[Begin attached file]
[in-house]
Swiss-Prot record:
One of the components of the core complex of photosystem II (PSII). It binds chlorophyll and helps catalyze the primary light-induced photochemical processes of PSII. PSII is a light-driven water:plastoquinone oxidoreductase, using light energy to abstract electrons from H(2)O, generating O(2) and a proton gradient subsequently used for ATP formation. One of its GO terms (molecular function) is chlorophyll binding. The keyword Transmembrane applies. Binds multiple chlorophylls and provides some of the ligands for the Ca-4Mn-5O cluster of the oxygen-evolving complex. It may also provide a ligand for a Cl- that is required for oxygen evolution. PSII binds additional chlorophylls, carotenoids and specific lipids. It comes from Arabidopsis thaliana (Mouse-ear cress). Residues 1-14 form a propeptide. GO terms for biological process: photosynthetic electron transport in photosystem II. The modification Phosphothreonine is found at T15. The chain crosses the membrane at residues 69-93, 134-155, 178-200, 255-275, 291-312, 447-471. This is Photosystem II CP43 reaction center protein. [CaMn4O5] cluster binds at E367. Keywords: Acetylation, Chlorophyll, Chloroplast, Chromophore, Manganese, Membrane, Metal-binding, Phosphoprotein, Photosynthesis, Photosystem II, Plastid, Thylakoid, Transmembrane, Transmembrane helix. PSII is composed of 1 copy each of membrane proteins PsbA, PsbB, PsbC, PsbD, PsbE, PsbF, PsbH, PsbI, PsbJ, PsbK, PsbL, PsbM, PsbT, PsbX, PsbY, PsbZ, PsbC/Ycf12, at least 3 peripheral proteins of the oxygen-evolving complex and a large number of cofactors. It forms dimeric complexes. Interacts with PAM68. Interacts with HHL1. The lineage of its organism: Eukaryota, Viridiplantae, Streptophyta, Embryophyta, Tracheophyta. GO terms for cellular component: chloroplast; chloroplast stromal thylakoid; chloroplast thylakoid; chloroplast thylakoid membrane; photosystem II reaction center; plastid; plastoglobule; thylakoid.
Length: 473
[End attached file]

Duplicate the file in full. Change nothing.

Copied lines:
[in-house]
Swiss-Prot record:
One of the components of the core complex of photosystem II (PSII). It binds chlorophyll and helps catalyze the primary light-induced photochemical processes of PSII. PSII is a light-driven water:plastoquinone oxidoreductase, using light energy to abstract electrons from H(2)O, generating O(2) and a proton gradient subsequently used for ATP formation. One of its GO terms (molecular function) is chlorophyll binding. The keyword Transmembrane applies. Binds multiple chlorophylls and provides some of the ligands for the Ca-4Mn-5O cluster of the oxygen-evolving complex. It may also provide a ligand for a Cl- that is required for oxygen evolution. PSII binds additional chlorophylls, carotenoids and specific lipids. It comes from Arabidopsis thaliana (Mouse-ear cress). Residues 1-14 form a propeptide. GO terms for biological process: photosynthetic electron transport in photosystem II. The modification Phosphothreonine is found at T15. The chain crosses the membrane at residues 69-93, 134-155, 178-200, 255-275, 291-312, 447-471. This is Photosystem II CP43 reaction center protein. [CaMn4O5] cluster binds at E367. Keywords: Acetylation, Chlorophyll, Chloroplast, Chromophore, Manganese, Membrane, Metal-binding, Phosphoprotein, Photosynthesis, Photosystem II, Plastid, Thylakoid, Transmembrane, Transmembrane helix. PSII is composed of 1 copy each of membrane proteins PsbA, PsbB, PsbC, PsbD, PsbE, PsbF, PsbH, PsbI, PsbJ, PsbK, PsbL, PsbM, PsbT, PsbX, PsbY, PsbZ, PsbC/Ycf12, at least 3 peripheral proteins of the oxygen-evolving complex and a large number of cofactors. It forms dimeric complexes. Interacts with PAM68. Interacts with HHL1. The lineage of its organism: Eukaryota, Viridiplantae, Streptophyta, Embryophyta, Tracheophyta. GO terms for cellular component: chloroplast; chloroplast stromal thylakoid; chloroplast thylakoid; chloroplast thylakoid membrane; photosystem II reaction center; plastid; plastoglobule; thylakoid.
Length: 473